Collecting QSL cards is an important aspect of the hobby to many amateurs but it should come as little or no surprise to learn that QSL managers are quite likely to recycle your card unless the DX station himself is chasing countries or whatever. It is very much in your interests to make life as easy as possible for a busy QSL manager, so that he can process your request with the minimum of delay. I hope the following tips will help you to achieve that.

99% or more of the worlds QSL managers are honest, conscientious hard working people who are doing the best job they are able to do to help you obtain QSL cards. However, please do remember that they are not a charity.




make sure your callsign is legible and on the same side of the card as the QSO details. If you use a double sided card, your call should appear on both sides. If you use an arty design, make sure your call appears in a straightforward typeface as well.

send QSL cards via the postal system as post cards and request a reply via the bureau. The postal services have a bad habit of rendering vital QSO information illegible with their cancellation stamps.

keep your logs and submit your QSLs using Universal Time Co-ordinated (UTC) format, not local times and especially not a combination of the two.

cram multiple QSO details into the space designed for one QSO by using microscopic writing. A single card with a legible list of QSOs on a separate sheet of paper is much preferred.

remember that the date changes at 00:00 UTC. Errors of 24 hours can easily occur!

ever glue, tape or staple the IRC or US dollar bill to the QSL card.

use the date format DD-MMM-YY (e.g. 11-APR-07), with the month clearly spelled out or abbreviated. Formats such as 11-04-07 are open to interpretation as either 4th November 2007 or 11th April 2007, especially in the USA.

correct mistakes. Make a new card. Cards with corrected entries which are later used by the DX station to apply for awards could cause that card to be rejected as having been altered.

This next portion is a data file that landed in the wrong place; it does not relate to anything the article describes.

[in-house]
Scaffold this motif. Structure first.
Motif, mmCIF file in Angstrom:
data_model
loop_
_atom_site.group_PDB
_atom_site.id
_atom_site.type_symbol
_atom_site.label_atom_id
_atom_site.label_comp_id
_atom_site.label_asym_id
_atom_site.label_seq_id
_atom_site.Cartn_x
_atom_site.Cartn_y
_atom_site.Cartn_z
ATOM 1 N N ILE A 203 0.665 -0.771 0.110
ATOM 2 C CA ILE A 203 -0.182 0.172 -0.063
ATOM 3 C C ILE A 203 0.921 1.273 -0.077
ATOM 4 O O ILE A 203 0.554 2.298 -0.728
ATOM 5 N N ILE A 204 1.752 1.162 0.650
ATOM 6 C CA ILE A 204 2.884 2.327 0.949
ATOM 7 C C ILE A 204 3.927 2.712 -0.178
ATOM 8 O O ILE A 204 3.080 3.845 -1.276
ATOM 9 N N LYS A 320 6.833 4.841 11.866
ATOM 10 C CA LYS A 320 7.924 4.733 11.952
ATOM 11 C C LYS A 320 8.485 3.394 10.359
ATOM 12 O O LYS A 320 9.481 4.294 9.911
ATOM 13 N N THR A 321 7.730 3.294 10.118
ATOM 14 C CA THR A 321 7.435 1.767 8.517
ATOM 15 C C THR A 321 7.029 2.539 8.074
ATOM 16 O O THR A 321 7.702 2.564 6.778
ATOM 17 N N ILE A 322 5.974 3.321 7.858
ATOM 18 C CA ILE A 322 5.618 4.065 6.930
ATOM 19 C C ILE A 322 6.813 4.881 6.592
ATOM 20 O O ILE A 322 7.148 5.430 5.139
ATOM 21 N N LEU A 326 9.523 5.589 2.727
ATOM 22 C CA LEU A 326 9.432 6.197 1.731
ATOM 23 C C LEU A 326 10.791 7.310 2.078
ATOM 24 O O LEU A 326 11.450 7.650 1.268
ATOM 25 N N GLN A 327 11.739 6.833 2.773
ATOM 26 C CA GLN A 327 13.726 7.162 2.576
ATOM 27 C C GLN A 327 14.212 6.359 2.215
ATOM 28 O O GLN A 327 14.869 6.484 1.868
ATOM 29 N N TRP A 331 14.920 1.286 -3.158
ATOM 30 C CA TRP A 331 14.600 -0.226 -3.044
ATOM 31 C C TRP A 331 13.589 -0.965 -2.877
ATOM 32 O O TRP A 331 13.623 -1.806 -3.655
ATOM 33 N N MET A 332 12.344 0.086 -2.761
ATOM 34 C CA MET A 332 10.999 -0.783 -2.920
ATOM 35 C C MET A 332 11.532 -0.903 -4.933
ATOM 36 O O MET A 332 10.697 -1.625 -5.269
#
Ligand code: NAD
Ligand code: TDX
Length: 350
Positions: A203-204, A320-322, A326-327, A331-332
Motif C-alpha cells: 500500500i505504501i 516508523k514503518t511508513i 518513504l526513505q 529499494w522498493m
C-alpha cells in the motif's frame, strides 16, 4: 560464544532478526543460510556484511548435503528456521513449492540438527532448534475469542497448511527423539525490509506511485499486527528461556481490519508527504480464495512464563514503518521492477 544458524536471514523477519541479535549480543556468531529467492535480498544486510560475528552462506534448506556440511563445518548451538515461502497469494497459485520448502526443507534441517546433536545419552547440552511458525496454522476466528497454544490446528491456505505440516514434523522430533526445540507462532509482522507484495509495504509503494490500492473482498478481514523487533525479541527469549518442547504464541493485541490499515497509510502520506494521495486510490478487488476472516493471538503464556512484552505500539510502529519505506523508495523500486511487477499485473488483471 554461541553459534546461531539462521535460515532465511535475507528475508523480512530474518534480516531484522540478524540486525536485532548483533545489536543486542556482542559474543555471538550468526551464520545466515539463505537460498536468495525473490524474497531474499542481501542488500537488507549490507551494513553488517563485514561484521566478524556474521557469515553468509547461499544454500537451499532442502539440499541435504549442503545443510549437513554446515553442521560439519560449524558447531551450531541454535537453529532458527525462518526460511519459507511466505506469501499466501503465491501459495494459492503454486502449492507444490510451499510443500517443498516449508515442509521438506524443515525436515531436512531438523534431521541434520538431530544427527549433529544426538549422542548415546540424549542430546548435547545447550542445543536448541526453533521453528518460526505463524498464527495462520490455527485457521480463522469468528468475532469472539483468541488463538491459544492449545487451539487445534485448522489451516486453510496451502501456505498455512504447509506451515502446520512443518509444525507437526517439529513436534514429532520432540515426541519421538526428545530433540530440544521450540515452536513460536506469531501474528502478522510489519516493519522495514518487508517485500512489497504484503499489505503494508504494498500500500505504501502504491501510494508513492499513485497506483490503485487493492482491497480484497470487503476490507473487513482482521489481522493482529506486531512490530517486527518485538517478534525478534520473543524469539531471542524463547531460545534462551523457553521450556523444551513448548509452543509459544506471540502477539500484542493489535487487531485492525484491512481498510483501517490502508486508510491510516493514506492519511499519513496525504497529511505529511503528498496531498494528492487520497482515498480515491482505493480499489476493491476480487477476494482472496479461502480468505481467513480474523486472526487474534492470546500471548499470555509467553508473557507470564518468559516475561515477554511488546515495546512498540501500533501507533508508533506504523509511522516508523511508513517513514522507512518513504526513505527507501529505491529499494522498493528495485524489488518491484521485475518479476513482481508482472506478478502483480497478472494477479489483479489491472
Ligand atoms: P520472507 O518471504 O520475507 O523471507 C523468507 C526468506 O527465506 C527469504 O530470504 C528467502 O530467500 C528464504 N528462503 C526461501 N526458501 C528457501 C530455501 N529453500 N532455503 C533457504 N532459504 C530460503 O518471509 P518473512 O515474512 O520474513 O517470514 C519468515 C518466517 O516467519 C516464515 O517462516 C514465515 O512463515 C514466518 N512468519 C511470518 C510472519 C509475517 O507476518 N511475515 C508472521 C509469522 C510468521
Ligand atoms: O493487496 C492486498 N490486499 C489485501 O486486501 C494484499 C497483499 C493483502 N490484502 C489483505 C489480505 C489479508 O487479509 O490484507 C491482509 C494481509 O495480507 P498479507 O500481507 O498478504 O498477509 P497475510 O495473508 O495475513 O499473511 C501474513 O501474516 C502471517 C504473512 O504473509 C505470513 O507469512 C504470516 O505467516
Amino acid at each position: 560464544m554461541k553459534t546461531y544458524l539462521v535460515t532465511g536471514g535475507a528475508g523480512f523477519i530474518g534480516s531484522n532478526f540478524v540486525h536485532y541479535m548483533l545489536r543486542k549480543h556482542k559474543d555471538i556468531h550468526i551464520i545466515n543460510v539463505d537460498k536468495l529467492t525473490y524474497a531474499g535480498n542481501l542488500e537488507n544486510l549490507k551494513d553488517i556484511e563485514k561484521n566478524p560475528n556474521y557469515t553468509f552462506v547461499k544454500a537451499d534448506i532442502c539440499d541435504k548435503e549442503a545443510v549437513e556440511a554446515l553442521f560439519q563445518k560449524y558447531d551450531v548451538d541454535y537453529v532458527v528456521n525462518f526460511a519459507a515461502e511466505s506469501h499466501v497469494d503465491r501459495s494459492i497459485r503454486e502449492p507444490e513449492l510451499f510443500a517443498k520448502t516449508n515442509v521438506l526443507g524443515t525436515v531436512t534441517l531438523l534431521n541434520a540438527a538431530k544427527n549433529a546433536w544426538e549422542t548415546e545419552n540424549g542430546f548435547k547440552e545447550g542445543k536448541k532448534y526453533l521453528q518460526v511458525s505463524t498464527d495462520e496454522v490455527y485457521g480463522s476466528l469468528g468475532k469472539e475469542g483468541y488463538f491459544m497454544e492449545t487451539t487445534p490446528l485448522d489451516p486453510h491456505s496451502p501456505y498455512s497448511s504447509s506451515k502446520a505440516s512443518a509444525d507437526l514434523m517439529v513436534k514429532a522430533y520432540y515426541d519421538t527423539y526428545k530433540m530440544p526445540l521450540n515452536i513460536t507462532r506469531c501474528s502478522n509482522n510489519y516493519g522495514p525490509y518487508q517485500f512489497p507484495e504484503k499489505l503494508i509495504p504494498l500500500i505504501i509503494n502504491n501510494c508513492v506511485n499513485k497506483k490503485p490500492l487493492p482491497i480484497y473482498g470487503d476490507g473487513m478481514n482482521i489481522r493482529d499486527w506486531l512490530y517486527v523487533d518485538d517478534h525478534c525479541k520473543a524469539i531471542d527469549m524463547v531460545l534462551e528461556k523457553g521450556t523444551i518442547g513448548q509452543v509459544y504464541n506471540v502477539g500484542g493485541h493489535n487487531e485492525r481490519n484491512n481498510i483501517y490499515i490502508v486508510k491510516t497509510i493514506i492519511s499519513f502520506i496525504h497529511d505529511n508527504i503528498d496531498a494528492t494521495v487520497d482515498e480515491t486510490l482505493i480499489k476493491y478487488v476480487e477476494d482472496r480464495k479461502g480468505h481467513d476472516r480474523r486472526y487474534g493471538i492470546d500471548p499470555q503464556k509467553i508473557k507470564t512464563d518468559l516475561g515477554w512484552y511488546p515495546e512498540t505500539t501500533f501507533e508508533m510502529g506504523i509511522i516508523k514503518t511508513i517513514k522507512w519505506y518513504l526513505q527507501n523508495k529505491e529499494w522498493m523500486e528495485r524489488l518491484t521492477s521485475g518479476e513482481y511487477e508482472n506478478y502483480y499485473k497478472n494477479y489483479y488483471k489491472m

present your QSO information in chronological (not band, mode or random) order, with the earliest QSOs first.

use carbon paper, silver foil or the like to prevent someone from being able to see through your envelope.

make sure the QSO details are legible and accurate. If your handwriting is poor or English is not your first language, please print or type.

combine requests for multiple stations into a single envelope without enclosing suficient additional postage.

clearly indicate "metres" or "MHz". "10" can mean either 30 metres or 28 MHz.

expect the duplicate of a direct request received via the bureau to be answered.

make sure any IRCs are valid for exchange for postage stamps.

send duplicate cards of e-mail requests via the bureau system, as such requests do no more than overload the system and will NOT be answered.

always FOLD return envelopes IN HALF WITH FOLD DOWNWARDS.

QSL indiscriminately via the bureau system.

always enclose adequate return postage and a modest contribution towards the cost of printing the cards and bureau postage etc.

ever send your application to one of the operating team in the hope that they will pass it on to the correct manager.

always enclose an adequately sized, good quality, self addressed C6 envelope (SAE) (114 mm x 162mm, 4.5” x 6.4”) or similar. Self addressed labels are NOT welcome.

use a card with more than one callsign on it. If you do, please make sure that you indicate VERY clearly which callsign is making the application.

send your application to the correct manager at the correct address. G3SXW gets an awful lot of cards for G3SWH - and vice versa!

send low value currency notes other than US dollars. Coins of any currency other than sterling are NOT welcome. Neither are dirty, torn or de-faced dollar bills, as the UK banks will not accepts them.

be patient. Some DX stations submit their logs on a very irregular basis. Cards take time to be designed and printed. QSL managers give their time freely, often have full time jobs, families and even like to chase DX themselves. Please allow at least six months for the manager to have processed your direct application and at least five years for receiving a reply to a bureau or e-mail request before making a second application.

fix any UK postage stamps to the SAE but supply them loose. Postal rates change regularly and this often leads to either insufficient or excess postage being applied. Any surplus can be used as bureau postage etc. Generally, postage stamps are not welcome.

remember that the QSL manager is providing you with a service. A few words of appreciation of that service are never wasted.

send used or mint foreign postage stamps instead or US dollars or IRCs.

send e-QSLs. I'm far to busy dealing with the real thing.

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